Last reviewed: June 2018
Last updated: June  2018

European Medicines Agency (EMA) strengthens measures to avoid use of valproate medicines in pregnancy

In March 2018 the EMA announced stronger measures aimed at avoiding the exposure of babies to valproate medicines in the womb. Under the new restrictions, valproate medicines are contraindicated in bipolar disorder during pregnancy because of the high risk of congenital malformations and developmental problems in the child. Valproate medicines must not be used in female patients of childbearing potential unless there is a pregnancy prevention programme in place and certain conditions are met. These include:

  • an assessment of the patient’s potential for becoming pregnant

  • pregnancy tests before starting and during treatment as needed

  • counselling about the risks of valproate treatment and the need for effective contraception throughout treatment

  • a review of ongoing treatment by a specialist at least annually

  • a risk acknowledgement form that patients and prescribers will go through at each such annual review to confirm that appropriate advice has been given and understood.

The EMA said the new measures were put in place because of evidence suggesting that information on the risks of valproate use in pregnancy was still not getting through to women despite earlier steps aimed at ensuring this.

See Management: approach See Management: treatment algorithm

Original source of update

Summary

Definition

History and exam

Key diagnostic factors

  • previous suicide attempt
  • current suicide plan
  • access to lethal means
  • hx of psychiatric disease, including substance abuse
  • FHx of suicide or mental illness

Other diagnostic factors

  • chronic medical illness, disability, or disfigurement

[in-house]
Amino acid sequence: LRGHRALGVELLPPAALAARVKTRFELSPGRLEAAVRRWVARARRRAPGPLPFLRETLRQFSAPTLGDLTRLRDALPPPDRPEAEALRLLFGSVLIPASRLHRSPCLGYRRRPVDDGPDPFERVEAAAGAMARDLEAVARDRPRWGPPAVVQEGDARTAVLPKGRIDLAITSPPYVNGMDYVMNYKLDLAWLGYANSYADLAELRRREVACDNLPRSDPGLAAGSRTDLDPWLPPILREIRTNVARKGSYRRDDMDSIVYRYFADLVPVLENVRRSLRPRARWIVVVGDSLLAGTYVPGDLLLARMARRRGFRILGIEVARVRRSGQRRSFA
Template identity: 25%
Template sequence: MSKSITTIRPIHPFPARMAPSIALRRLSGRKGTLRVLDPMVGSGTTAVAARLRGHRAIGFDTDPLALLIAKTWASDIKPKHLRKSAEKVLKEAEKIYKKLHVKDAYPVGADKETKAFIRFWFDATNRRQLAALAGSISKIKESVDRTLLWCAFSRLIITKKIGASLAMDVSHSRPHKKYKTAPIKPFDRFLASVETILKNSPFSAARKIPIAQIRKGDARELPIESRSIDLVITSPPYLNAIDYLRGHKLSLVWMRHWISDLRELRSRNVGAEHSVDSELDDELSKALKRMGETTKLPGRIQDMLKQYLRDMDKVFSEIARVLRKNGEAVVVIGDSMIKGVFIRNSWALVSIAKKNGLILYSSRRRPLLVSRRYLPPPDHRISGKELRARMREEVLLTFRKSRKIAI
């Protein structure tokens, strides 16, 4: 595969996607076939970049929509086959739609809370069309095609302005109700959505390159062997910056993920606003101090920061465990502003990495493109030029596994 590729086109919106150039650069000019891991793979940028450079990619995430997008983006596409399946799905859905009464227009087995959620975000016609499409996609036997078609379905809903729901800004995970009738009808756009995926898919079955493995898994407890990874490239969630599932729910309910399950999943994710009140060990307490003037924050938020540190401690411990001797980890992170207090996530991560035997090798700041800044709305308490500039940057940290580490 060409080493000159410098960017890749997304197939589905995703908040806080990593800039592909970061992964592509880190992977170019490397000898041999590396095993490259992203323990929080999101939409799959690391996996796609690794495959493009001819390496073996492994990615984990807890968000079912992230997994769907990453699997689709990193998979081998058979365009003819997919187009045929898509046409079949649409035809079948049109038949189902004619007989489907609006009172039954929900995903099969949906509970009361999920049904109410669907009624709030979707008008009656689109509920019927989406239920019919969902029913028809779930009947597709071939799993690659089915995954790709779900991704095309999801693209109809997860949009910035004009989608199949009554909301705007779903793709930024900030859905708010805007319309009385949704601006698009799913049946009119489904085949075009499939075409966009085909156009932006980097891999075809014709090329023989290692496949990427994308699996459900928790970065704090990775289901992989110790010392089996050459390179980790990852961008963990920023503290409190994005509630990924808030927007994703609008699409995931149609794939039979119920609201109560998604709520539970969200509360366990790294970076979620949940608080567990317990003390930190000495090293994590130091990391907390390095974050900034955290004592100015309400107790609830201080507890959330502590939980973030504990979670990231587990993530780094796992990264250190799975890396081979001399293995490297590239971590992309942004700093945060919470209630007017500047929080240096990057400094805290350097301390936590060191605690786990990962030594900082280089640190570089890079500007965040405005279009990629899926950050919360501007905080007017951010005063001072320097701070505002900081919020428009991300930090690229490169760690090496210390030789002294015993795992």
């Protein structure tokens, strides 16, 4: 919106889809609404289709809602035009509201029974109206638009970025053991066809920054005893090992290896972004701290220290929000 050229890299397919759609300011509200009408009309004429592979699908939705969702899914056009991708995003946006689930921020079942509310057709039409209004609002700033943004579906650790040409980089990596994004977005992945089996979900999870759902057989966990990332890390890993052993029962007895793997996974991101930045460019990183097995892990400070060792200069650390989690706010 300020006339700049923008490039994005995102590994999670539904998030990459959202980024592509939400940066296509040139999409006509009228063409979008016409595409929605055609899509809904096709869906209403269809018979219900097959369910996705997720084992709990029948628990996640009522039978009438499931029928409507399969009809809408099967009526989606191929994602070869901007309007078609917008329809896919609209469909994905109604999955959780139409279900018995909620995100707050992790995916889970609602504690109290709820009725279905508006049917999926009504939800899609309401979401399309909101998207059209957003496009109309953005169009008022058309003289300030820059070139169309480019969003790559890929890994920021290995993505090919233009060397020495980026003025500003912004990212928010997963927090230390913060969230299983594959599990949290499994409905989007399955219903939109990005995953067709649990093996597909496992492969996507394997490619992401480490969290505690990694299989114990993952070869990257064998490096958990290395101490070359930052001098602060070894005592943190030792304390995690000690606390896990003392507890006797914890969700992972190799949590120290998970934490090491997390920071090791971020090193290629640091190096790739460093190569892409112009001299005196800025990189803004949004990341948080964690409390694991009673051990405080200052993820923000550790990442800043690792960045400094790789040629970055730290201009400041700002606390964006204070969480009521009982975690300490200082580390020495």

• significant psychosocial factors
  • personality and/or maladaptive traits

Risk factors

  • current suicidal plan
  • previous suicide or self-harm attempt
  • history of mental disorder, including substance abuse
  • availability of lethal means
  • history of childhood sexual or physical abuse
  • family history of death by suicide
  • male sex
  • prison inmate
  • family history of psychiatric illness
  • physical illness (especially of the central nervous system) and/or physical impairment
  • marital status (divorced, single, widowed)
  • professions/occupations (unemployed, self-employed, agricultural workers, medical and dental professionals)
  • psychosocial stressors

Diagnostic investigations

1st investigations to order

  • Tool for Assessment of Suicide Risk (TASR)
Full details

Treatment algorithm

Contributors

Authors VIEW ALL

Stan Kutcher

Professor

Department of Psychiatry

Dalhousie University

Sun Life Financial Chair in Adolescent Mental Health

IWK Health Centre and Dalhousie University

Director

WHO Collaborating Center for Mental Health Training and Policy

Dalhousie University

Halifax

Nova Scotia

Canada

Disclosures

SK has received research grants from various foundations and national granting agencies (none from either the pharmaceutical nor psychotherapy industries) to support some of his academic work. He is employed by a university and hospital, and sees patients who sometimes present with a suicide attempt. He has also co-authored a textbook on suicide risk assessment and management, published in 2007 and the second edition in 2012.

Dr Stan Kutcher would like to gratefully acknowledge Dr Magdalena Szumilas, a previous contributor to this monograph. MS is an author of a reference cited in this topic.

Peer reviewers VIEW ALL

Professor of Psychiatry and Mental Health

Departamento de Saude Mental

Faculdade de Ciencias Medicas

Universidade Nova de Lisboa

Lisbon

Portugal

Disclosures

RG declares that he has no competing interests.

Assistant Clinical Professor of Psychiatry

University of California

San Diego

Veterans Hospital

La Jolla

CA

Disclosures

SR declares that he has no competing interests.

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